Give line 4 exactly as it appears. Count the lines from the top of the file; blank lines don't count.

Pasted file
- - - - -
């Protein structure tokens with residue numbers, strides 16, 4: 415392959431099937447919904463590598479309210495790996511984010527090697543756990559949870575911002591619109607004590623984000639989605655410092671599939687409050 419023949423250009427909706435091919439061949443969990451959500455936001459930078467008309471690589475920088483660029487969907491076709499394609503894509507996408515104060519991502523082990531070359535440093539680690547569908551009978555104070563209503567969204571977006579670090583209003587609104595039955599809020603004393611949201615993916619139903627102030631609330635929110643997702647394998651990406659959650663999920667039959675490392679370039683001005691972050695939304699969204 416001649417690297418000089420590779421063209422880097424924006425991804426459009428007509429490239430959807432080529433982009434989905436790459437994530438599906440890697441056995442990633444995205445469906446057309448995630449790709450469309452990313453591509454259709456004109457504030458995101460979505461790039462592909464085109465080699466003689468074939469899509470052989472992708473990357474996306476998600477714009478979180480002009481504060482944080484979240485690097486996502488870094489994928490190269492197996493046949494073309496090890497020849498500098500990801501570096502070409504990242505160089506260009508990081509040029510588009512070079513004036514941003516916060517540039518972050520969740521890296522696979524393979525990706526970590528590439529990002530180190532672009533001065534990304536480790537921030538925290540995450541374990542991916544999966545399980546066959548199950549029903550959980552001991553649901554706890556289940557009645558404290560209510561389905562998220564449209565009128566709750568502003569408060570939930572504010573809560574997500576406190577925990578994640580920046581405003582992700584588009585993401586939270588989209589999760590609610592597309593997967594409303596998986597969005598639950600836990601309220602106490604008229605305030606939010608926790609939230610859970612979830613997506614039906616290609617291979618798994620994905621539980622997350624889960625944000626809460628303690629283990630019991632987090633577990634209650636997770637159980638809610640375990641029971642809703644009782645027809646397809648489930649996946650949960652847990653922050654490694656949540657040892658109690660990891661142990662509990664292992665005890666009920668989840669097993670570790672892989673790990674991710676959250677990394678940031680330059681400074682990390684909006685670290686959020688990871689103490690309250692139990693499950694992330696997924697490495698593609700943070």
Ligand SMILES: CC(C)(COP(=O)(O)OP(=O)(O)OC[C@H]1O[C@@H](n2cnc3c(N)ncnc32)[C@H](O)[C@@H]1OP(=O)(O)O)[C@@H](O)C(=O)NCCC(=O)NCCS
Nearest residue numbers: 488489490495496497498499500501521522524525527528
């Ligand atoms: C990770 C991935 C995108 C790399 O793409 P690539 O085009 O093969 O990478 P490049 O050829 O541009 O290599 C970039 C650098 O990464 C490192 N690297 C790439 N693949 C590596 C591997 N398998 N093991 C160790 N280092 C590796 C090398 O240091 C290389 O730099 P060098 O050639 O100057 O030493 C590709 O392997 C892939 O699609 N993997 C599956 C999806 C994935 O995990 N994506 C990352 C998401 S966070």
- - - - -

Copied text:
């Ligand atoms: C990770 C991935 C995108 C790399 O793409 P690539 O085009 O093969 O990478 P490049 O050829 O541009 O290599 C970039 C650098 O990464 C490192 N690297 C790439 N693949 C590596 C591997 N398998 N093991 C160790 N280092 C590796 C090398 O240091 C290389 O730099 P060098 O050639 O100057 O030493 C590709 O392997 C892939 O699609 N993997 C599956 C999806 C994935 O995990 N994506 C990352 C998401 S966070």